Designing for Wellness—<span class="proj-cat"><a href="/news/">NEWS</a></span>

Designing for wellness-01

When designing, architects always think about the effects that architecture may have on the people that use and interact with our buildings and spaces. The experience can vary depending on the intent of the structure. For example, a sacred space should elicit something different than an amusement park. A temple may generate a sense of reflection and hope, while an amusement park can create a sense of thrills. Both can produce a sense of awe. Much of what we design are more for everyday spaces, work or home. These spaces focus on the experience of wellness to increase our comfort, health, and the environment in which we live.

Wellness comes from balancing the strengths of seven categories. The states of wellness are physical, intellectual, emotional, spiritual, social, occupational and environmental. When tied with sustainability, resilience and restoration, wellness holistically creates healthy buildings and spaces. Architects aspire to improve the lives of everyone and the environment in which we live in.  

Physical

Physical fitness is created with proper activity, fuel and rest. Architects can help create the environment for fitness through elements such as a prominent stair that will be used in lieu of elevators or quiet  dark space for rest and recovery. Also, the materials that we use in building can affect our heath. We chose non-hazardous materials that are locally produced and are readily available. 

Intellectual

Intellectual health comes from our innate desire to learn. These areas can be communal to share knowledge or personal to explore ideas alone. Learning can occur anywhere and at any time. Designers can maximize the opportunities by increasing sight lines or producing privacy.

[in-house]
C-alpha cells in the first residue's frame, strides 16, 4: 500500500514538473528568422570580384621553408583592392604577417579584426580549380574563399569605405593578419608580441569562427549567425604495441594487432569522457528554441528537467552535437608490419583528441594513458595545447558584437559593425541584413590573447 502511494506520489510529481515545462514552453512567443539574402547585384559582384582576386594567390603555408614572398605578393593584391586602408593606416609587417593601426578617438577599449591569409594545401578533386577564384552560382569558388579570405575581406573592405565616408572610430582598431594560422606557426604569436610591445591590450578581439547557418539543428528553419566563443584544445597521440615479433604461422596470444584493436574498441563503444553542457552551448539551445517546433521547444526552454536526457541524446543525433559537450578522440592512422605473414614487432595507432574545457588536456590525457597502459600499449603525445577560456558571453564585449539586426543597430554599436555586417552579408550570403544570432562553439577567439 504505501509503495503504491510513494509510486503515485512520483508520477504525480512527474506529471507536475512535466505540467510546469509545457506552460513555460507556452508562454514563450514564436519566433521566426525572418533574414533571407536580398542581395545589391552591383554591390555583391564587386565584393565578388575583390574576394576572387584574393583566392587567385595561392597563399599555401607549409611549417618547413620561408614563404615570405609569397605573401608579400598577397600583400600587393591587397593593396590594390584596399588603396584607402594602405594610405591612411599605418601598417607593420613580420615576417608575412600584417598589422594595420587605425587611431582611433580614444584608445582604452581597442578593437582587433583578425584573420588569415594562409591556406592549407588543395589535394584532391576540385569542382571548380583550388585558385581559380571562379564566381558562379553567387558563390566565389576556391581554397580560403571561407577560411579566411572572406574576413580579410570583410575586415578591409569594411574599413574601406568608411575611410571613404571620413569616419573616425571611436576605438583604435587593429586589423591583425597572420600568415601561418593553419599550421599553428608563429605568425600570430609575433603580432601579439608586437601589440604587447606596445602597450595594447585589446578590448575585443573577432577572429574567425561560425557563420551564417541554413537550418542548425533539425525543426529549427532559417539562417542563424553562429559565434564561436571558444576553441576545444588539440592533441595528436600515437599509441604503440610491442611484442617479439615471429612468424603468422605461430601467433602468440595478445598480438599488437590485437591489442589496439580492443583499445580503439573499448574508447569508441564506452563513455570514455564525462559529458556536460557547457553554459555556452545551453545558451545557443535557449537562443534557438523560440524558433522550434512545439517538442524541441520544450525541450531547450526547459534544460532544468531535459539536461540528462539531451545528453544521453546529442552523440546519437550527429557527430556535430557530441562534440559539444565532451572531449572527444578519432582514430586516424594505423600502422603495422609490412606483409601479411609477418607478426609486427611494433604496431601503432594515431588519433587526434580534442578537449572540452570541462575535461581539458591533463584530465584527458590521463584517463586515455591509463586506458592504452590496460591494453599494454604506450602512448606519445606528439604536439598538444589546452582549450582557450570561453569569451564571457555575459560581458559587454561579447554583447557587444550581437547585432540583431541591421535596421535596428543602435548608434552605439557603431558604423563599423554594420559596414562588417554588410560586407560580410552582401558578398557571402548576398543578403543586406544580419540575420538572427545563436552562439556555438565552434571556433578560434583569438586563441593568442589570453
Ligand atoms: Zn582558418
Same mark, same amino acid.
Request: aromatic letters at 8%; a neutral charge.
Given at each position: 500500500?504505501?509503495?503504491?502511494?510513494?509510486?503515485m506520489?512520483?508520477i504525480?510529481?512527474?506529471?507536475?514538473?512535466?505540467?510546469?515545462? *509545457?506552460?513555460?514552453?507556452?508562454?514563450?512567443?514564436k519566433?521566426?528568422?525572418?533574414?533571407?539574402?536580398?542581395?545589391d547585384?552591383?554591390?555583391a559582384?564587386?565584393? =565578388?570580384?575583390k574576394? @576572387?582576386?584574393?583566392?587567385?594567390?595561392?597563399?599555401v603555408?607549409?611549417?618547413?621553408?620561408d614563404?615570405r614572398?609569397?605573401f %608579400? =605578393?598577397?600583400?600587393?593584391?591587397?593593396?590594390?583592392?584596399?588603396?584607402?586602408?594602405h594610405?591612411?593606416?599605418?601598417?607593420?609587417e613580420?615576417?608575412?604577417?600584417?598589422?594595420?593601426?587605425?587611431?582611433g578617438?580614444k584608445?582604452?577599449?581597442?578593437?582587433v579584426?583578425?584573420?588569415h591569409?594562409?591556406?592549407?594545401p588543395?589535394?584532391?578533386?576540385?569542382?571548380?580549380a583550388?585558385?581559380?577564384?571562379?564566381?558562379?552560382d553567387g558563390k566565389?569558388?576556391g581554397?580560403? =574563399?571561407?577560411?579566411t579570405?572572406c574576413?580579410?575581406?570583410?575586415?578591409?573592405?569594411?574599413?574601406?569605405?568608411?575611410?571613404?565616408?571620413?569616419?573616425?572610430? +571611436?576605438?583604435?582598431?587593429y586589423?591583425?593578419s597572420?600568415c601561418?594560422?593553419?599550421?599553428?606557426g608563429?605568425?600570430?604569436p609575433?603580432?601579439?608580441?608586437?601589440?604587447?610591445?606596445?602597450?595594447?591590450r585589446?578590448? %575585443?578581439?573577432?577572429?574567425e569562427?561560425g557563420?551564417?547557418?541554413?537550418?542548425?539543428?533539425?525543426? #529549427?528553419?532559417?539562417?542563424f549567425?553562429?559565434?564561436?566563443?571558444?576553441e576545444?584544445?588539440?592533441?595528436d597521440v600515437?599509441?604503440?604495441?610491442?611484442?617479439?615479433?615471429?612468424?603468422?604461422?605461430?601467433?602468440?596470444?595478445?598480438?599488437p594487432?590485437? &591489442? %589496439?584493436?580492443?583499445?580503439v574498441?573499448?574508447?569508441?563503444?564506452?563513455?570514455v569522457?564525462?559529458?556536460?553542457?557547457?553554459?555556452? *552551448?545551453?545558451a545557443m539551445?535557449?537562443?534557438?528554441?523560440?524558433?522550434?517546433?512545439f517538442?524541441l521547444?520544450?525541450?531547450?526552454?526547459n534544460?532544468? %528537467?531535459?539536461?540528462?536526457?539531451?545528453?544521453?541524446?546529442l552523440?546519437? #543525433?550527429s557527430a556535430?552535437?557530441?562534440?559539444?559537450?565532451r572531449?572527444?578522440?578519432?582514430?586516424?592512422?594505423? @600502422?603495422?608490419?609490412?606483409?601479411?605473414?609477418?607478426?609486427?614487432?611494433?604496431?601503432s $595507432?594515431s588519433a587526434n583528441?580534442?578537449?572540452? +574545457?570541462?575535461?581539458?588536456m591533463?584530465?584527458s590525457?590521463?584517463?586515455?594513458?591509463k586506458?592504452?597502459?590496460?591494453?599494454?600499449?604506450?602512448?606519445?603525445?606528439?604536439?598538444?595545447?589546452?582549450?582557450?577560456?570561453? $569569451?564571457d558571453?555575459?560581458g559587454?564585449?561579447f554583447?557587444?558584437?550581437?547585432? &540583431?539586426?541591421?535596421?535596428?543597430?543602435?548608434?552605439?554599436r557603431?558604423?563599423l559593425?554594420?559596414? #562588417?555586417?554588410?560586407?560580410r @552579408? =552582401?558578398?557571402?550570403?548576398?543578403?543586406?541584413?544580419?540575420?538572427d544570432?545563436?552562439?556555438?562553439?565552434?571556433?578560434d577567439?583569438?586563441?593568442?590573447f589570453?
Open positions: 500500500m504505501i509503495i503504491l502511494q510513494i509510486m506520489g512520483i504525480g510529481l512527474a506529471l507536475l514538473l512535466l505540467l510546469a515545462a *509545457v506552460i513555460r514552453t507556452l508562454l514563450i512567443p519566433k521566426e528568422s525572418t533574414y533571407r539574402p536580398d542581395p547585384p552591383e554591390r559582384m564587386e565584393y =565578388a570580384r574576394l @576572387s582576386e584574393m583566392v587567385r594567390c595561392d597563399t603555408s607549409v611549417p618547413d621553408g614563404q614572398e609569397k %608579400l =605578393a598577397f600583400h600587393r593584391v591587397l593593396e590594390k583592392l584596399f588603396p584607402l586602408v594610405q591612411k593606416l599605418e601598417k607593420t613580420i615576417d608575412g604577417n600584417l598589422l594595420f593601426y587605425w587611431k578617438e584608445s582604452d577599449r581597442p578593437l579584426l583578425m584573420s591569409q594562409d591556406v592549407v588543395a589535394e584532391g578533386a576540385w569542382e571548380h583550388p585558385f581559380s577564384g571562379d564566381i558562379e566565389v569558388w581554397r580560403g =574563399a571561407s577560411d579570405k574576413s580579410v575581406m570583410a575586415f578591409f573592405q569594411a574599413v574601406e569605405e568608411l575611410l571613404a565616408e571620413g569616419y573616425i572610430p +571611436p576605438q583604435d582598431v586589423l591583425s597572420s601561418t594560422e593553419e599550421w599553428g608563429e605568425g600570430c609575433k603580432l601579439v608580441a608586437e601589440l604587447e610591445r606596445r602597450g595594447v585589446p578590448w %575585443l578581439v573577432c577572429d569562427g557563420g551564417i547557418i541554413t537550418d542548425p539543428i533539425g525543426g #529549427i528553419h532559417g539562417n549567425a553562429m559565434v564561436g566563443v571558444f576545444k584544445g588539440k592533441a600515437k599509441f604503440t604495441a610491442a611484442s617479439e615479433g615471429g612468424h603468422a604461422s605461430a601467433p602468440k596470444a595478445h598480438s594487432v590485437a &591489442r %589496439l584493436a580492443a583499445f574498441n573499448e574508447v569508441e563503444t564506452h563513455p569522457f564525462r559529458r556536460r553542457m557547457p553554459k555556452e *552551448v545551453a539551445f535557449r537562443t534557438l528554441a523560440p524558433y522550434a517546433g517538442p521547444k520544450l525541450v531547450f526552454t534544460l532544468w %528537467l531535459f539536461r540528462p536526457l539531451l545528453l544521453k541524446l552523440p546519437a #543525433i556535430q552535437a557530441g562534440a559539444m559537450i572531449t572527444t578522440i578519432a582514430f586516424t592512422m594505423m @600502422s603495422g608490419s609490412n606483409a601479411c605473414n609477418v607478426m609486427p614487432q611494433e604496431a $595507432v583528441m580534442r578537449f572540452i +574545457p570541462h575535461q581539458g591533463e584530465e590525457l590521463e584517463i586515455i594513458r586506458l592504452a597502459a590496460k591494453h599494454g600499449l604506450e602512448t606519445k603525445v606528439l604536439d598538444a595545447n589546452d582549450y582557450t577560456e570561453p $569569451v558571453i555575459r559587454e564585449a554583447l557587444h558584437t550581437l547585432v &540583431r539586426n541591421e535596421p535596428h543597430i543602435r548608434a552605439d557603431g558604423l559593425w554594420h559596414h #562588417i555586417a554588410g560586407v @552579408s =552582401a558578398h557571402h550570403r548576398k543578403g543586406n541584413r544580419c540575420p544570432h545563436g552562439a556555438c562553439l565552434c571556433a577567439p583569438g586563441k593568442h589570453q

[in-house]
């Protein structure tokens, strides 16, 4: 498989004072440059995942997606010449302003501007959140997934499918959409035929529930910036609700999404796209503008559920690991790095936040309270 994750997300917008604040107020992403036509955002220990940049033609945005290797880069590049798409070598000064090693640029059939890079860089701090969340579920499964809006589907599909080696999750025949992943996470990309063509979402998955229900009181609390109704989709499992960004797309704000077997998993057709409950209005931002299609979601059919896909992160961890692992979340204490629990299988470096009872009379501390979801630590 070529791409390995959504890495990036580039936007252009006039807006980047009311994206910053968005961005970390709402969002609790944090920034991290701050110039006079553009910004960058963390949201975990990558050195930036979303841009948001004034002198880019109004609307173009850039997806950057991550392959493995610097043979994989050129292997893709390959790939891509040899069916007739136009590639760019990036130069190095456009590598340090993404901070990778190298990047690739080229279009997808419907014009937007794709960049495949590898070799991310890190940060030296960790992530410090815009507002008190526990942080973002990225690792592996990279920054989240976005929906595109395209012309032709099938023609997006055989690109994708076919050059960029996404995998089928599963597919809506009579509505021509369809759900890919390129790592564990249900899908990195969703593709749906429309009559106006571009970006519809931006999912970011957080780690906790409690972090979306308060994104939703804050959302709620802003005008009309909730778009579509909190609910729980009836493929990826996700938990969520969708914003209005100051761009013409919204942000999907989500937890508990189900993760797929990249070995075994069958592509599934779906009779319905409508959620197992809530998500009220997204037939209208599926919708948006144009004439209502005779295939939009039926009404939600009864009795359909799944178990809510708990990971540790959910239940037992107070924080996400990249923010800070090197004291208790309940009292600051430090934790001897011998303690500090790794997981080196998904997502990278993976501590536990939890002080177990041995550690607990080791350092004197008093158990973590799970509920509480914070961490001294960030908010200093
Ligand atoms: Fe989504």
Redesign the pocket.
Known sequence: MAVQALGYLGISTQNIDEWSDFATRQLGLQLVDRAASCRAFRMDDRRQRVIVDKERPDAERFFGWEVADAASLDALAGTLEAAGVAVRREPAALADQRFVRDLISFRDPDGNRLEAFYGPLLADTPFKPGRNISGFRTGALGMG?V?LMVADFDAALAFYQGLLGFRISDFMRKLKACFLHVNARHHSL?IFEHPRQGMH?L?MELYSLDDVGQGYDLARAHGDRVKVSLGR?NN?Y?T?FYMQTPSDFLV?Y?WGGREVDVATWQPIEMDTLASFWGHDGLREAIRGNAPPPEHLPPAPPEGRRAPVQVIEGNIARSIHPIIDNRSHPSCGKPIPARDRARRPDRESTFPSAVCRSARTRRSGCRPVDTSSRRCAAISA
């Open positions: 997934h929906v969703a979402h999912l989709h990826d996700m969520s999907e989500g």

Emotional

The emotional state of wellness comes from awareness. When The elements that we design are well-crafted and delightful, it can create a sense of curiosity and interest that lead to awareness. Color and texture can be a source to increase our perception of our sense of place.    

Spiritual/Occupational

Everyone desires a sense of purpose and this state of wellbeing is known as spiritual wellness. The components and composition of a building or space should enhance focus to maximize our sense of purpose. By creating focus, the user has a sense of understanding their place in our designs. Whether it is to work or create, architects should design to help the user discover their roles.Along with purpose, each of us has a desire to work or create. 

Social

Our social connections to each other play a vital role in our health. Architecture supports our relationships by creating a space that promotes comfortable and easy communication. When designing for a space that encourages social interactions and collaboration, architects must heavily consider components such as acoustics. Acoustics can play a vital role in our connections as it help facilitate our ability to listen and be heard by others.

Environmental

Additionally, our connection to the environment forms an important part to our wellness. For example, there is substantial research that indicates the importance of daylight to our health.  A simple window or door can link us to the outside, adding context and restoring our well being.

Architects provide the expertise to bring wellness into all that we design. The human experience is fore-front in our minds each day and has been since our first day of university and training. Keep in mind that the profession offers additional resources such as WELL from the International Well Building Institute™ and fitwel®. These resources offer good overviews and guides to specific elements when designing for wellness. 


January 28, 2020

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